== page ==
ADOPT A PYTHON
Python is the common name for a group of non-
venomous constricting snakes, specifically the
family Pythonidae. Other sources consider this
group a subfamily of the Boas (Pythoninae).
Pythons are more related to boas than to any
other snake-family. There is also a genus within
Pythonidae which carries the name Python
(Daudin, 1803). Pythons are distinguishable from
boas in that they have teeth on the premaxilla, a
small bone at the very front and center of the
upper jaw. Most boas produce live young, while
pythons produce eggs. Some species of sandboas
(Ericinae) are also called python.
Pythons are found in Australia, Southeast Asia,
India, and Africa.
Most pythons live in the dense underbrush of rugged tropical rainforest regions. They are excellent climbers; some species, like the Green Tree Python, are arboreal. Like all snakes, they are also capable swimmers.
Pythons range in size from 4.5 to 6 meters (15 to 20 feet) in length. They are among the longest species of snake in the world; according to the Guinness Book of World Records the Reticulated Python holds the record for longest snake, at 10m (32ft 9.5in).
Some species exhibit vestigial bones of the pelvis and rear legs, which are externally apparent in the form of a pair of anal spurs on each side of the cloaca. These spurs are larger in males than females, and are used by the male to stimulate the female during copulation. Pythons are distinguishable from boas in that they have teeth on the premaxilla, a small bone at the very front and center of the upper jaw.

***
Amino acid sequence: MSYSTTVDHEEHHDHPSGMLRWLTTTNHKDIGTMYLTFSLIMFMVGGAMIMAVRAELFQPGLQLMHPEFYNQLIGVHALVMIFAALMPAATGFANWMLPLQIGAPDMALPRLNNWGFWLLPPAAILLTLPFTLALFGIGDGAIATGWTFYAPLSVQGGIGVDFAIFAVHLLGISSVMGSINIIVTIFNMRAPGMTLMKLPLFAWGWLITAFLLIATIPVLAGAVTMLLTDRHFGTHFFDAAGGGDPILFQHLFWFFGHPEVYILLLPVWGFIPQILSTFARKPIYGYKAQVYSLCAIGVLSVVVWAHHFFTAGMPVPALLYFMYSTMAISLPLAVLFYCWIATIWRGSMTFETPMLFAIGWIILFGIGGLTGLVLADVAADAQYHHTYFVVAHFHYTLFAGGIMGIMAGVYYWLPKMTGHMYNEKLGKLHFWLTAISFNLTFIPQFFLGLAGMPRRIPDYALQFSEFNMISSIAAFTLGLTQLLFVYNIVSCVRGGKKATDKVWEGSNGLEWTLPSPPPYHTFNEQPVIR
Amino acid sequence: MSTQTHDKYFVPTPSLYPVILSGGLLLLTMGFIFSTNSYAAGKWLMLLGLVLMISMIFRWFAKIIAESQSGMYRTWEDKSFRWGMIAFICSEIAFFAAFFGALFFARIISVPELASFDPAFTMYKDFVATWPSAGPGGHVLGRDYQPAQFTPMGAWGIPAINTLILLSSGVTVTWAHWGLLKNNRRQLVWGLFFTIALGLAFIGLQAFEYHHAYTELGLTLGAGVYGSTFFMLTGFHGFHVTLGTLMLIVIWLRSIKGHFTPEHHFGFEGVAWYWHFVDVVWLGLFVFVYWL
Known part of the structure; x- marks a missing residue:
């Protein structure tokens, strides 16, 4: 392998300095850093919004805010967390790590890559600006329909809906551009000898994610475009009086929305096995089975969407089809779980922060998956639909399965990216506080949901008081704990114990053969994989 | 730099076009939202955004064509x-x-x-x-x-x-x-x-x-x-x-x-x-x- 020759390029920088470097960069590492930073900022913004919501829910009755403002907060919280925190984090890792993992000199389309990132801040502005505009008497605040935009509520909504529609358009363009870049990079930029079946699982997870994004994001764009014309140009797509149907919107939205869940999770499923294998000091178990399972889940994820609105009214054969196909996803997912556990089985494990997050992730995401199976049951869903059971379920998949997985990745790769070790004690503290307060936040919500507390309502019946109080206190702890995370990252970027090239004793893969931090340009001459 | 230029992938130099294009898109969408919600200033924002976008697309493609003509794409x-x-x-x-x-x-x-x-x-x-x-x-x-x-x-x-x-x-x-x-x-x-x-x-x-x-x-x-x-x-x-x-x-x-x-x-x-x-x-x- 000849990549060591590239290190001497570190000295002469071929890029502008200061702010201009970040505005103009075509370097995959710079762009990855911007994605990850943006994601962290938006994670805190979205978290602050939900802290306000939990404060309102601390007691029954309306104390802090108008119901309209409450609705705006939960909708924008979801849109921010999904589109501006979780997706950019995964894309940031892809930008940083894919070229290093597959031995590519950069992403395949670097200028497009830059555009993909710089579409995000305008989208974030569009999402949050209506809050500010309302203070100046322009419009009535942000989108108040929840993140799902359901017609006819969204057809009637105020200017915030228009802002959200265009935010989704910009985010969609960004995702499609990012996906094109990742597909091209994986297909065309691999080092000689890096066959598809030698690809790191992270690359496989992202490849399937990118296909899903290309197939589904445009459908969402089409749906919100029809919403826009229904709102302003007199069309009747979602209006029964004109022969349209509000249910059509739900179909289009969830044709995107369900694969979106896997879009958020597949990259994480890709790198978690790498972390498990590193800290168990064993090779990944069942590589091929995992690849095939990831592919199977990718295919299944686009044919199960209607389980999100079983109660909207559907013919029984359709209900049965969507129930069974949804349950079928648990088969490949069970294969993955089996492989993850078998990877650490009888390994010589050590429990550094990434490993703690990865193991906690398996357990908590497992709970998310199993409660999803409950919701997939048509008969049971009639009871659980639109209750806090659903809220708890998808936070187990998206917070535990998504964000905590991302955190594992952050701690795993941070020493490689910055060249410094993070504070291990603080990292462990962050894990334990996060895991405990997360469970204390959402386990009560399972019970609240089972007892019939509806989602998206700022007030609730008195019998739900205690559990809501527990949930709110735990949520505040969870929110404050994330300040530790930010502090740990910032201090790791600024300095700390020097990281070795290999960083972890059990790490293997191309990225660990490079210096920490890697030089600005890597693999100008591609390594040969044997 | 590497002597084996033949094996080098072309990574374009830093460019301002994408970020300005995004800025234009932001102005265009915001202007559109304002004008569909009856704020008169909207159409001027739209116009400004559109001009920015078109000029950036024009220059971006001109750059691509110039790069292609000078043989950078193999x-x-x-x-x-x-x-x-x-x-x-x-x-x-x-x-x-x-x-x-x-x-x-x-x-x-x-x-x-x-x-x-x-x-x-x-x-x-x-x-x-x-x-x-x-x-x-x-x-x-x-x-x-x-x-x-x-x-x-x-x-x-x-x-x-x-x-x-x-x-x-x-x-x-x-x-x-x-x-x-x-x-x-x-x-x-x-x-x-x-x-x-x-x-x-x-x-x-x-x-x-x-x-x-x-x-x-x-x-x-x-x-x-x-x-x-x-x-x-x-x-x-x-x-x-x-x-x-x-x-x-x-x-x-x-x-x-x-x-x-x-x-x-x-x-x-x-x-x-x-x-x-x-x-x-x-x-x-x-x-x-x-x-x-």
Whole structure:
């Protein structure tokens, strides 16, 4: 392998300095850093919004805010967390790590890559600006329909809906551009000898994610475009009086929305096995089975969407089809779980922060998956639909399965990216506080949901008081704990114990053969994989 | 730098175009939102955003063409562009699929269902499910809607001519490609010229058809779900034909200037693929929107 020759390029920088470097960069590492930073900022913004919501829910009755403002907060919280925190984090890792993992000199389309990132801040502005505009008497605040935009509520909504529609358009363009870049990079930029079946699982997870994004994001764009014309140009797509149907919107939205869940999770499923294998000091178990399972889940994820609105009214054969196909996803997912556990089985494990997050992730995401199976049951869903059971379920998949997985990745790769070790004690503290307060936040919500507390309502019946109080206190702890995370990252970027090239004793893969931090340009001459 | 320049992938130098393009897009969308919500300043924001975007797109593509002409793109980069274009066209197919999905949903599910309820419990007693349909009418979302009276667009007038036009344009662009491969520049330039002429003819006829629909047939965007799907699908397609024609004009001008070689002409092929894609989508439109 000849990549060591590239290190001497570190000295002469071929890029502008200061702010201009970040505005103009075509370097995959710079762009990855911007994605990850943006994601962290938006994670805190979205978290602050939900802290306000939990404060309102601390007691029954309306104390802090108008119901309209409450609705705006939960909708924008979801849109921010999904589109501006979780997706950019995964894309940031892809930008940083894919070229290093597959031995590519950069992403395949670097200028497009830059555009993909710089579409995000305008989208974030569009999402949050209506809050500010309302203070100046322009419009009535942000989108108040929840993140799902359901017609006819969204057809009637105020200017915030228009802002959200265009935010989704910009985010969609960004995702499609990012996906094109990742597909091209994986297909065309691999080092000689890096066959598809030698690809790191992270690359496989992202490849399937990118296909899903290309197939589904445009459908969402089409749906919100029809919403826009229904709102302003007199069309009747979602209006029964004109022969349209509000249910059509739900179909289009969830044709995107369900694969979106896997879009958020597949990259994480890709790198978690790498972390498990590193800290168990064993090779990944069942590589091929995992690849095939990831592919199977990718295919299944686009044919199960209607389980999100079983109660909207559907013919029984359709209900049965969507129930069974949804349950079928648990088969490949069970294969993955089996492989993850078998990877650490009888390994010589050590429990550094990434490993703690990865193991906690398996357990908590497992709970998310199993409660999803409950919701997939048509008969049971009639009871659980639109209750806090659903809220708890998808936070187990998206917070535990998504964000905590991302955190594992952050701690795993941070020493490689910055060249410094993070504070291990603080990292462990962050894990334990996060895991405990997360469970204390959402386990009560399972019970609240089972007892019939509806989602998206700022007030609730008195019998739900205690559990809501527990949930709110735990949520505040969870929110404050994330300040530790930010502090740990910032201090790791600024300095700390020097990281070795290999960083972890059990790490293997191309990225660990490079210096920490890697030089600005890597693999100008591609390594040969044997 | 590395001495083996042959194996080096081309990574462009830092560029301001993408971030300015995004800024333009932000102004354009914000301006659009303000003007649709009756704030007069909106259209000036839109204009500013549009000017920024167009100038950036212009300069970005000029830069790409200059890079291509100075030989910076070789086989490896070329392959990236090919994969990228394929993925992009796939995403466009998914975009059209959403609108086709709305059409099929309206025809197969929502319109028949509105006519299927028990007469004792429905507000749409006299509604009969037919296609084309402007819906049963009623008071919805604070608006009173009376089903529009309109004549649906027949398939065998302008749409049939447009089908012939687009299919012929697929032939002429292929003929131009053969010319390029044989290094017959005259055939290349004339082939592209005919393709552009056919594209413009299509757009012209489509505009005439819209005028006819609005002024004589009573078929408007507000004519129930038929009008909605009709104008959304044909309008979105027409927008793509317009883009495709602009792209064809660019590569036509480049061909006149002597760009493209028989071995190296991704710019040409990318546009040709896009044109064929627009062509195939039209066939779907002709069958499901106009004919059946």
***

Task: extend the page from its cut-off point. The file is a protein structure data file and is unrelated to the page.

Some pythons display vivid patterns on their scales while others are a nondescript brown. They usually reflect appropriate camouflage for their native habitat.
Pythons are constrictors, and feed on birds and mammals, killing them by squeezing them to death. They coil themselves up around their prey, tighten, but merely squeeze hard enough to stop the prey's breathing and/or blood circulation. Large pythons will usually eat something about the size of a house cat, but larger food items are not unknown. They swallow their prey whole, and take several days or even weeks to fully digest it. Despite their intimidating size and muscular power, they are generally not dangerous to humans. While a large adult python could kill a human being (most likely by strangling rather than actual crushing), humans are outside the normal size range for prey. Reports of python attacks on humans are extremely rare. Despite this, pythons have been aggressively hunted, driving some species (like the Indian Python) to the brink of extinction.
Most pythons have heat-sensing organs in their lips. These enable them to detect objects that are hotter than the surrounding environment. Pythons that do not have heat-sensing organs identify their prey by smell. Pythons are ambush predators: they typically stay in a camouflaged position and then suddenly strike at passing prey. They then grasp the prey in their teeth, and kill by constriction. Death is usually a result of suffocation or heart failure rather than crushing. Pythons will not usually attack humans unless startled or provoked, although females protecting their eggs can be aggressive.
Pythons lay eggs which they arrange in a pile. They coil around the pile until all eggs have hatched. Since pythons cannot regulate their internal body temperature, they cannot incubate their eggs per se; instead, they raise the temperature of their eggs by small movements of their body—essentially, they "shiver". This is one of only a few documented cases of parental behaviour in snakes. Dr. Steve Gorzula has noted in his CITES Ball Python Survey report that Ball Pythons do not exhibit shivering behavior to increase the temperature of a clutch during incubation.